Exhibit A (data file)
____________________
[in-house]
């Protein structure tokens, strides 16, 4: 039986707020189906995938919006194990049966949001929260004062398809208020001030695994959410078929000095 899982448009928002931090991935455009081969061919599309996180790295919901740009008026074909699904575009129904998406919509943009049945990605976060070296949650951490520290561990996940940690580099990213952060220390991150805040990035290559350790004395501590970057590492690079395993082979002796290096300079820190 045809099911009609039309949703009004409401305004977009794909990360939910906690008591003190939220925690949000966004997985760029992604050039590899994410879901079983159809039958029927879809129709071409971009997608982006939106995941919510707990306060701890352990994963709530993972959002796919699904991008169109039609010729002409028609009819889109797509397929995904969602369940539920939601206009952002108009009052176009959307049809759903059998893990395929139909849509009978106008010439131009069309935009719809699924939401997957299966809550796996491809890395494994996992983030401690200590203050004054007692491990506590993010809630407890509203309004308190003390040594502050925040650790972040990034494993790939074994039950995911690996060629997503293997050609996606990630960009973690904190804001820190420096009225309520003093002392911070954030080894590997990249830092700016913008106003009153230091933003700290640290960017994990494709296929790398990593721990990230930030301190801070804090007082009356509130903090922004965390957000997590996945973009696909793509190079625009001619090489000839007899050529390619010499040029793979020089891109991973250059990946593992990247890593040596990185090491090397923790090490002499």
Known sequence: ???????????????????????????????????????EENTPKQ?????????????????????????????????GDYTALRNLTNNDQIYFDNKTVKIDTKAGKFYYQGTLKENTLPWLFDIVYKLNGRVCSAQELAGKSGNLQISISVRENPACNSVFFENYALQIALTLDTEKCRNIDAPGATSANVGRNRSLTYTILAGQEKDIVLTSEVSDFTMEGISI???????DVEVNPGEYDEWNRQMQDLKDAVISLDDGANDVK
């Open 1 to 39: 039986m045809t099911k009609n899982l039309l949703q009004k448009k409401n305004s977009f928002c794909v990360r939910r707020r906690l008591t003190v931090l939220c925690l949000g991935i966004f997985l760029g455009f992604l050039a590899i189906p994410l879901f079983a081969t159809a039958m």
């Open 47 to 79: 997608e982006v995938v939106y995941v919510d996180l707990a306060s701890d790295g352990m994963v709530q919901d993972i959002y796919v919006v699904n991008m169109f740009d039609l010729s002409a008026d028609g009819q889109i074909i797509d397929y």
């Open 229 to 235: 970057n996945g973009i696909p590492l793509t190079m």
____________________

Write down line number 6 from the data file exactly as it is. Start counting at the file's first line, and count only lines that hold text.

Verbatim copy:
């Open 229 to 235: 970057n996945g973009i696909p590492l793509t190079m």